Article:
Report any fluid retention, swelling or puffiness in the legs, feet, or hands, or any difficulty breathing to your doctor as soon as possible.
Heart problems: Mefenamic acid, like other NSAIDs, may increase the risk of serious heart problems such as heart attack, stroke, or blood clots. If you are at risk for heart disease, such as high blood pressure, high cholesterol, diabetes, or pre-existing heart disease, discuss with your doctor how this medication may affect your medical condition, how your medical condition may affect the dosing and effectiveness of this medication and whether any special monitoring is needed.
Kidney function: Long-term use of mefenamic acid may lead to a higher risk of reduced kidney function. This is most common for people who already have kidney disease, liver disease, or heart failure; for people who take diuretics (water pills); and seniors.
If you have kidney disease or reduced kidney function, discuss with your doctor how this medication may affect your medical condition, how your medical condition may affect the dosing and effectiveness of this medication, and whether any special monitoring is needed.
Liver function: If you have liver disease or reduced liver function, discuss with your doctor how this medication may affect your medical condition, how your medical condition may affect the dosing and effectiveness of this medication, and whether any special monitoring is needed.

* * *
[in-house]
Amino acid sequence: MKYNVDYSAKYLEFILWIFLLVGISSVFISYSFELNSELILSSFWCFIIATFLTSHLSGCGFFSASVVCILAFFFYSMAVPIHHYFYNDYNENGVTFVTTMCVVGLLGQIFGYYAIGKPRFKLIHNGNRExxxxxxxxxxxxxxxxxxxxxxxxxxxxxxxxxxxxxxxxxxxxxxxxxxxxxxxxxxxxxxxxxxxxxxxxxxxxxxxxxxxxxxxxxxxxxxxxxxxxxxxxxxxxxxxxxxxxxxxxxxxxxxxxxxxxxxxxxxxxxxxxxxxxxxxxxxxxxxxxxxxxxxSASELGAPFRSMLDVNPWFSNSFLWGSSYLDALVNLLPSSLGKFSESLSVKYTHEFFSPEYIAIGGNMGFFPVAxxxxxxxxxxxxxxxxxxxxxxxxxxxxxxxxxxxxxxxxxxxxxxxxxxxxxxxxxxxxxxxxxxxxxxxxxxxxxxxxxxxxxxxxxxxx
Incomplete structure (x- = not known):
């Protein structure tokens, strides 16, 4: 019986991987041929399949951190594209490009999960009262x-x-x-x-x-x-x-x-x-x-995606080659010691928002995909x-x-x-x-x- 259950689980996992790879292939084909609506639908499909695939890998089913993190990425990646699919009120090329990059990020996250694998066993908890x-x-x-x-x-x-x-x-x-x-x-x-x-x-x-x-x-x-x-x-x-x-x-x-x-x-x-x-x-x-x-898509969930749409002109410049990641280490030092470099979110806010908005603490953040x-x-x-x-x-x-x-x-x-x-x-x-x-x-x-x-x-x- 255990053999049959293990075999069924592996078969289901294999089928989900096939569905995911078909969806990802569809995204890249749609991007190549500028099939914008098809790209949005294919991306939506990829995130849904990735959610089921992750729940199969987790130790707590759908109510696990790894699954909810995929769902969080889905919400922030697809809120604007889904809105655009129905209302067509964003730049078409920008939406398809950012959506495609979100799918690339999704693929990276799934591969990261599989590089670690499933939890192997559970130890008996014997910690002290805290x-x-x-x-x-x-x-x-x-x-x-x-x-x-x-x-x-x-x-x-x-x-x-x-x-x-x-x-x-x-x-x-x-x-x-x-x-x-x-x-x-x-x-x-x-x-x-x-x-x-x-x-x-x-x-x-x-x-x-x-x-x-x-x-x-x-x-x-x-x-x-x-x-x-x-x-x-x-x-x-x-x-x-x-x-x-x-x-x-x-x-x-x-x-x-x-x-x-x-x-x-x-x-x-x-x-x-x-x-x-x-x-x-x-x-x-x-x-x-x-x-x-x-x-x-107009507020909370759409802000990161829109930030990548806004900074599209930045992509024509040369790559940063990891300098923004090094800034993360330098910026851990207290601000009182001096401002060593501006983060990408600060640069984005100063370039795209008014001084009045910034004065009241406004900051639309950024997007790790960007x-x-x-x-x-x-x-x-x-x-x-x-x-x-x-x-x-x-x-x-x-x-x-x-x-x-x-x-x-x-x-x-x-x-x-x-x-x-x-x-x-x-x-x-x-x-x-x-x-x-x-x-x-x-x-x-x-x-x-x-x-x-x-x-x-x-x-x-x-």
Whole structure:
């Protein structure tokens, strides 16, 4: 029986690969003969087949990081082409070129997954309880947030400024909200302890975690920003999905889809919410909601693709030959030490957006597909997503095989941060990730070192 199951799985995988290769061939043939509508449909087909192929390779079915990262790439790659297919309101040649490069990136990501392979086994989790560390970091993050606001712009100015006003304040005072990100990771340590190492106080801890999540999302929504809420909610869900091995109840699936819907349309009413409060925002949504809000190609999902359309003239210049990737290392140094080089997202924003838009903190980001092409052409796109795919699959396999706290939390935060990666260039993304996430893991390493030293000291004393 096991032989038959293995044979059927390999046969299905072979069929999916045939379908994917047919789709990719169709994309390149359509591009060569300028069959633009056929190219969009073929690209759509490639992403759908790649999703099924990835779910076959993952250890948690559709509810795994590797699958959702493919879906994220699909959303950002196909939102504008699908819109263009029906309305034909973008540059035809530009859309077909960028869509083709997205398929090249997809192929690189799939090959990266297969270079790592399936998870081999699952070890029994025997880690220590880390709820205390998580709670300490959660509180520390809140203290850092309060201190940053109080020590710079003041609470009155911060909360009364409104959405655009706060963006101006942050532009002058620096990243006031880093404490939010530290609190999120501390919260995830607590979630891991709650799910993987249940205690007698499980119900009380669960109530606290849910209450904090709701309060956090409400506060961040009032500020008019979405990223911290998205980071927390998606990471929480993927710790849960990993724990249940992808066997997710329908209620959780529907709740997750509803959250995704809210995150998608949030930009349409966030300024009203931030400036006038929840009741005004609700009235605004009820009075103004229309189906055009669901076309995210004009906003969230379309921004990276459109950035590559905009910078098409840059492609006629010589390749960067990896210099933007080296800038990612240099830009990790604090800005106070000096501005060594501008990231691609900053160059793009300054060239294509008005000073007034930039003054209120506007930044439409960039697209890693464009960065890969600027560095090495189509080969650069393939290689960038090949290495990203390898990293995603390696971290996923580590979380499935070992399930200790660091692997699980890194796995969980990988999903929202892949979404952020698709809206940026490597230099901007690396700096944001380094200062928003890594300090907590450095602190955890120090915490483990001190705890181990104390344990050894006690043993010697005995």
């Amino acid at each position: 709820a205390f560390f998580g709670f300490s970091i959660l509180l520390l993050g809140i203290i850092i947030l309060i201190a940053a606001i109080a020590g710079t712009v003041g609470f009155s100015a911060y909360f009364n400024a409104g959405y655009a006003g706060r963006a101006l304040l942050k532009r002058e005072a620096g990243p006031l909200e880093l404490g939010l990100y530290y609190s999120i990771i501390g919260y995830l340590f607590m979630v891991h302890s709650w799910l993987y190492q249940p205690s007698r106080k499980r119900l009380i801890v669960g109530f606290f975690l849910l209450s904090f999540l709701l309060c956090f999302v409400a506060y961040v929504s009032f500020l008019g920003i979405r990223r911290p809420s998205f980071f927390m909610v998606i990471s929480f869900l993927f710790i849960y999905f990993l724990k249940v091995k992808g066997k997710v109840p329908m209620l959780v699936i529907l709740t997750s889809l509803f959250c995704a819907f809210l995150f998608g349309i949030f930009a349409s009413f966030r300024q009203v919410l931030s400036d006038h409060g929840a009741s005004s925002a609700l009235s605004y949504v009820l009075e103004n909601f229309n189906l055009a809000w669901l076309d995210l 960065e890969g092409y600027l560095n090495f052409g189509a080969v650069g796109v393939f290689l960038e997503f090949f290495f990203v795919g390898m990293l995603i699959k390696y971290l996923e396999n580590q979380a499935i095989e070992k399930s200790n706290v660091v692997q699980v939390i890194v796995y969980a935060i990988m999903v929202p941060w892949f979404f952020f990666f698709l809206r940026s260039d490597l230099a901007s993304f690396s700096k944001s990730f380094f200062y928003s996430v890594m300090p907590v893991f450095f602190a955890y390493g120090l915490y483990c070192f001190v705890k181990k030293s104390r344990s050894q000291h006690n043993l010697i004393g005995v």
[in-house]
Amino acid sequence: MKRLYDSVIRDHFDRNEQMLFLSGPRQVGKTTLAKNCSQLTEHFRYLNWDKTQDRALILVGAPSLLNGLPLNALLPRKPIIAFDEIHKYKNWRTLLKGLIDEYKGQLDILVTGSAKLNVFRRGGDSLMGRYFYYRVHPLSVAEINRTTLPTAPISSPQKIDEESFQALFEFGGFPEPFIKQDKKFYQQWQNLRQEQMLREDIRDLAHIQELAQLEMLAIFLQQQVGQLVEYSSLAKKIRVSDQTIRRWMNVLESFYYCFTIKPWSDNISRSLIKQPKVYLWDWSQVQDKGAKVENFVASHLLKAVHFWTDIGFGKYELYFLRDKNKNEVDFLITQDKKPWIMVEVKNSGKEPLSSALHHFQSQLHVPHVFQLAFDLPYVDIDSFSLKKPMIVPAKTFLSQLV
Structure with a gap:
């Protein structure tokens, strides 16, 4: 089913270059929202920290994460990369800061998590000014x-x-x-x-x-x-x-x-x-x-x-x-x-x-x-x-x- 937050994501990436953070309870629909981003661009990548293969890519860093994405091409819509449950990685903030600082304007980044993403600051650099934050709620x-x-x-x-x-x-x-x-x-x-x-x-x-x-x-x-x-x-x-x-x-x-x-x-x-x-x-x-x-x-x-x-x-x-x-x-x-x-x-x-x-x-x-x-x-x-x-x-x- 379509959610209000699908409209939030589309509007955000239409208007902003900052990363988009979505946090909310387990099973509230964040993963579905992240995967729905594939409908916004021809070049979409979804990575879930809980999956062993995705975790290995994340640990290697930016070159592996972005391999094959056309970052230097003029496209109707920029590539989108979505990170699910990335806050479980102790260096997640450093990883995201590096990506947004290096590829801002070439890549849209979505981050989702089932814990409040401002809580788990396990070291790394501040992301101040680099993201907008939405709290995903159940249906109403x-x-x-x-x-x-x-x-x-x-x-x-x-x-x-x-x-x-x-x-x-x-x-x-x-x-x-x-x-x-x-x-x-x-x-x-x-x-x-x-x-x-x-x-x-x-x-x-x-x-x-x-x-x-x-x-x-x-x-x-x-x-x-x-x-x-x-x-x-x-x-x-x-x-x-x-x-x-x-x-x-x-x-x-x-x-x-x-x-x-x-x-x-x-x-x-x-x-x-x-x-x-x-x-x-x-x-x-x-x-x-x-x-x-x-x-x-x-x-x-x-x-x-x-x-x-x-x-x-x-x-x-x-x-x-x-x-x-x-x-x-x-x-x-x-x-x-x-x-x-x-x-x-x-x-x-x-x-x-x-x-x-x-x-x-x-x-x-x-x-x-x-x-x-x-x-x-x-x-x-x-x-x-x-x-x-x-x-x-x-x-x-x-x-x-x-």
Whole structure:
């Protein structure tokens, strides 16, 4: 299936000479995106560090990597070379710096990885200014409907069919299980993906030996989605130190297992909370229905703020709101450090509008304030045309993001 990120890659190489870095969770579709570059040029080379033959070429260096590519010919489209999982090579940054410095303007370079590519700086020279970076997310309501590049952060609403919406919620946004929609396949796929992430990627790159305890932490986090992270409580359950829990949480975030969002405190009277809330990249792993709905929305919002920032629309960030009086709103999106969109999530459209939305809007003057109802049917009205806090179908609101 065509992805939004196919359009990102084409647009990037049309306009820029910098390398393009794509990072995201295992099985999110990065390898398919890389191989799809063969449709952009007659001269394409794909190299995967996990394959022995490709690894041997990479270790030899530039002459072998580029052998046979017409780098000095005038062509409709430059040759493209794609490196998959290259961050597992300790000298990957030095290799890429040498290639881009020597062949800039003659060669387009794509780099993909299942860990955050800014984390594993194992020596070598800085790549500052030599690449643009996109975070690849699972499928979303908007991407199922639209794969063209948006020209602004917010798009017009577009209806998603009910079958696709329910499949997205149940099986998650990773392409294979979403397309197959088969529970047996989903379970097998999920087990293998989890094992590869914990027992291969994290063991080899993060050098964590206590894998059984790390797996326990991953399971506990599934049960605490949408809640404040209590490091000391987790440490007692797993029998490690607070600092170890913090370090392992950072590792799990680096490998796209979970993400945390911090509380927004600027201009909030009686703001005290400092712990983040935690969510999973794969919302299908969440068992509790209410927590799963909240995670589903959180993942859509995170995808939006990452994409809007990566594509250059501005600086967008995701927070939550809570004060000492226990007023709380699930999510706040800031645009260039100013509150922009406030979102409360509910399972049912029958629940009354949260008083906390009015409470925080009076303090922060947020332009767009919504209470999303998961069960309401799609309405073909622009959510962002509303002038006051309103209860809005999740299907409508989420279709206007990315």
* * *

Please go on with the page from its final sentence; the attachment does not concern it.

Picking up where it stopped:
If you experience symptoms of liver problems such as fatigue, feeling unwell, loss of appetite, nausea, yellowing of the skin or whites of the eyes, dark urine, pale stools, abdominal pain or swelling, and itchy skin, contact your doctor immediately.
Stomach problems: Stomach ulcers, perforation, and bleeding from the stomach have been known to occur during therapy with mefenamic acid. These complications can occur at any time, and are sometimes severe enough to require immediate medical attention. The risk of ulcers and bleeding increases when higher doses of NSAIDs are taken for longer periods of time. Mefenamic acid may prolong stomach bleeding caused by ASA. However, mefenamic acid itself appears to be less likely than ASA to cause stomach bleeding.